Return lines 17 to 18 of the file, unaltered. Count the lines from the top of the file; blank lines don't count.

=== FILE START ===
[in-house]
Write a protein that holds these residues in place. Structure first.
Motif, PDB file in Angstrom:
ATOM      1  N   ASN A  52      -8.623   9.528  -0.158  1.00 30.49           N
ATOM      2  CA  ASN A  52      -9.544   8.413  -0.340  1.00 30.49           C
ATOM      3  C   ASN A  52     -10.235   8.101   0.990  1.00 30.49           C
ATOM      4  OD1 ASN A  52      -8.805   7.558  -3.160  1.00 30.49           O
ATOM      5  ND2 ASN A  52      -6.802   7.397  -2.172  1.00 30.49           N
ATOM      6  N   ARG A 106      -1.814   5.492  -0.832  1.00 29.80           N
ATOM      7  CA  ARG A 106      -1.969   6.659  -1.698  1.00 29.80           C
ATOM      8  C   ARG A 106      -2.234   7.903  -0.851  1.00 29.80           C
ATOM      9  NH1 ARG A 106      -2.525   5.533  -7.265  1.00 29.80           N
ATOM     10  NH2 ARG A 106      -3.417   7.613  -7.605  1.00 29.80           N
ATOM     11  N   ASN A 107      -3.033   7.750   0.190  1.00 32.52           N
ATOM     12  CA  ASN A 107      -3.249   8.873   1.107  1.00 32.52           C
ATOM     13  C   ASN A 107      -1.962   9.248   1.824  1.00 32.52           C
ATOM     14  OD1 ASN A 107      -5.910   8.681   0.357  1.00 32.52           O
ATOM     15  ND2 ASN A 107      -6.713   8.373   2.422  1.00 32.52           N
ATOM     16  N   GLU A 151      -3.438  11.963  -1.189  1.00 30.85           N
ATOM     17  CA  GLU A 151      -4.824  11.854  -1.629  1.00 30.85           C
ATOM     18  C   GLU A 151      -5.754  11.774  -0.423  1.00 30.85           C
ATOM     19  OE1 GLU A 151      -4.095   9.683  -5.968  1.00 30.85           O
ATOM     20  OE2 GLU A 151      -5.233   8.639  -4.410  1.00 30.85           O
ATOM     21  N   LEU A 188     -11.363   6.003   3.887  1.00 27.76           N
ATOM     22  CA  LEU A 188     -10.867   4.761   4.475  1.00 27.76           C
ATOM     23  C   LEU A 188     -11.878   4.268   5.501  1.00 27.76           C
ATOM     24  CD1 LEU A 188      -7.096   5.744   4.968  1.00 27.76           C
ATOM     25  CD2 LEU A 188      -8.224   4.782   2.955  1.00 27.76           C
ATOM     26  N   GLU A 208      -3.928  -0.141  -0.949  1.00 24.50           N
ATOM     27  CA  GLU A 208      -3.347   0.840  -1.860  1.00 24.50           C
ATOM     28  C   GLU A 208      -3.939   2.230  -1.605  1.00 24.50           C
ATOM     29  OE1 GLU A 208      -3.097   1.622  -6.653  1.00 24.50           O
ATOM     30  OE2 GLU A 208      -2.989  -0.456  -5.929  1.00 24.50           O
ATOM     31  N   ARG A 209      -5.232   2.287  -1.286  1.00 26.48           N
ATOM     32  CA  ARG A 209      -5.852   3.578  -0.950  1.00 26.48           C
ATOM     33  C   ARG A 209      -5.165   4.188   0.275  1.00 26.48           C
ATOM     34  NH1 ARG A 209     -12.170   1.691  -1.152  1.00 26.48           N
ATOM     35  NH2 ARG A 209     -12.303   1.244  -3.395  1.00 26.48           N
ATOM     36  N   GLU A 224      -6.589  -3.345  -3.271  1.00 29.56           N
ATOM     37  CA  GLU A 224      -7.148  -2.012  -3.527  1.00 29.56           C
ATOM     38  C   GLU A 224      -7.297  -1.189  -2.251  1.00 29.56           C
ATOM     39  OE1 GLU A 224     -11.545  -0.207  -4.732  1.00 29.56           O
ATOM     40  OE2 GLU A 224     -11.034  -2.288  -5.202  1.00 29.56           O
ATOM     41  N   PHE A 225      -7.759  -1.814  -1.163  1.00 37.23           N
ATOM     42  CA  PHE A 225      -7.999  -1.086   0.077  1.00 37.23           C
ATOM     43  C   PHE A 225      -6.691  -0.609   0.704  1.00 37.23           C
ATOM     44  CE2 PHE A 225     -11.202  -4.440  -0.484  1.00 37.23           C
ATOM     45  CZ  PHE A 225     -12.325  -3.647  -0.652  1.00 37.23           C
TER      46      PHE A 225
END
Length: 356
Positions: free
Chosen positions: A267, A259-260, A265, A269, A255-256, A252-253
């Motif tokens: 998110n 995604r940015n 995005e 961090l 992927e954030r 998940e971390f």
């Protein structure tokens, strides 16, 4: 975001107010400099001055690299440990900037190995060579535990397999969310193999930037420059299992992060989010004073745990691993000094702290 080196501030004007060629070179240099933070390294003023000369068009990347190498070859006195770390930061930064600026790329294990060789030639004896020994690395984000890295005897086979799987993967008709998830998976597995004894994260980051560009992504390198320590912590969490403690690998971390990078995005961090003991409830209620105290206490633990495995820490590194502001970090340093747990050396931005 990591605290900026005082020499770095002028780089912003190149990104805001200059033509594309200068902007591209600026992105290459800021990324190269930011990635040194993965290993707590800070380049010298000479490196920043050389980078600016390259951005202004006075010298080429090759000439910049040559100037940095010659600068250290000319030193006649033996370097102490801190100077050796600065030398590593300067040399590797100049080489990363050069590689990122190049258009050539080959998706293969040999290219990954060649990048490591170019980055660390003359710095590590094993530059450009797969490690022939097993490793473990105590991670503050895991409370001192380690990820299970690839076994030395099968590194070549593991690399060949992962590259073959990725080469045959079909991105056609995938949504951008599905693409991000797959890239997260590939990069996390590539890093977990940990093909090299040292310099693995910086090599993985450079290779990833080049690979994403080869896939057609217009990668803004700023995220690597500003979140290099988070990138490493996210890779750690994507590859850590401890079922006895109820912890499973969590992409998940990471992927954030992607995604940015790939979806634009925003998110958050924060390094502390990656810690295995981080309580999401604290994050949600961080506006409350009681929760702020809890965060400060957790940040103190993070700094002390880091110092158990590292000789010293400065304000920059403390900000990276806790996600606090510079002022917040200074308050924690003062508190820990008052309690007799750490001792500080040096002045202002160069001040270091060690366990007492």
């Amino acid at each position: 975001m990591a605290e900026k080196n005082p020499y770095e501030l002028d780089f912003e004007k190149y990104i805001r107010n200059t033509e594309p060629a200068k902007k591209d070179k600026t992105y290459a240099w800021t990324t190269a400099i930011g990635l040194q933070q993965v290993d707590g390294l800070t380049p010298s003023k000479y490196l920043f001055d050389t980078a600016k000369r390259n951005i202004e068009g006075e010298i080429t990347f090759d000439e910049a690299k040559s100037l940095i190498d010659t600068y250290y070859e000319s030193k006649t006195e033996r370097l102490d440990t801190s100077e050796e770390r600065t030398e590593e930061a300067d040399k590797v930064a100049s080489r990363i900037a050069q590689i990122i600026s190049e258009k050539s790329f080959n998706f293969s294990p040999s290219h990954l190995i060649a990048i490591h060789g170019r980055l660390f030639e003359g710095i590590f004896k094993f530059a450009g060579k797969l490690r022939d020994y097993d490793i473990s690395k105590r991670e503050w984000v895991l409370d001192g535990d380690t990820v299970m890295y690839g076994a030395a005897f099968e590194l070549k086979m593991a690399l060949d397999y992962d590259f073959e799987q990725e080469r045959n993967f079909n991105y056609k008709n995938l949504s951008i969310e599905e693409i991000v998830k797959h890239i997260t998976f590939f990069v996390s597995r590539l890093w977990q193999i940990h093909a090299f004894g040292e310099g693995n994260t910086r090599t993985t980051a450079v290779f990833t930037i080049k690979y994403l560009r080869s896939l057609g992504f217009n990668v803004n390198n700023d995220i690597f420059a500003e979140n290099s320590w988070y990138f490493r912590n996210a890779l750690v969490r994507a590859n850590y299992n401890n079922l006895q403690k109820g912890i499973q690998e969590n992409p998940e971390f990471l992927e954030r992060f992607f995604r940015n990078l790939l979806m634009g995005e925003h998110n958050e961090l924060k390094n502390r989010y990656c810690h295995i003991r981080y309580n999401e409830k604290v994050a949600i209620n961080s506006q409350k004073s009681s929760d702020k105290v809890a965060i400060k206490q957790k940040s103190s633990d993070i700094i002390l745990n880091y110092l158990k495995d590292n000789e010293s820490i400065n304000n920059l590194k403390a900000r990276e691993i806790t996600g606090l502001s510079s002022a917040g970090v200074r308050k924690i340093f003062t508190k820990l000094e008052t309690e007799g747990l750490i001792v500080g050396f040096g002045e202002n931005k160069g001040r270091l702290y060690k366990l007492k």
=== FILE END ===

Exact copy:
ATOM     14  OD1 ASN A 107      -5.910   8.681   0.357  1.00 32.52           O
ATOM     15  ND2 ASN A 107      -6.713   8.373   2.422  1.00 32.52           N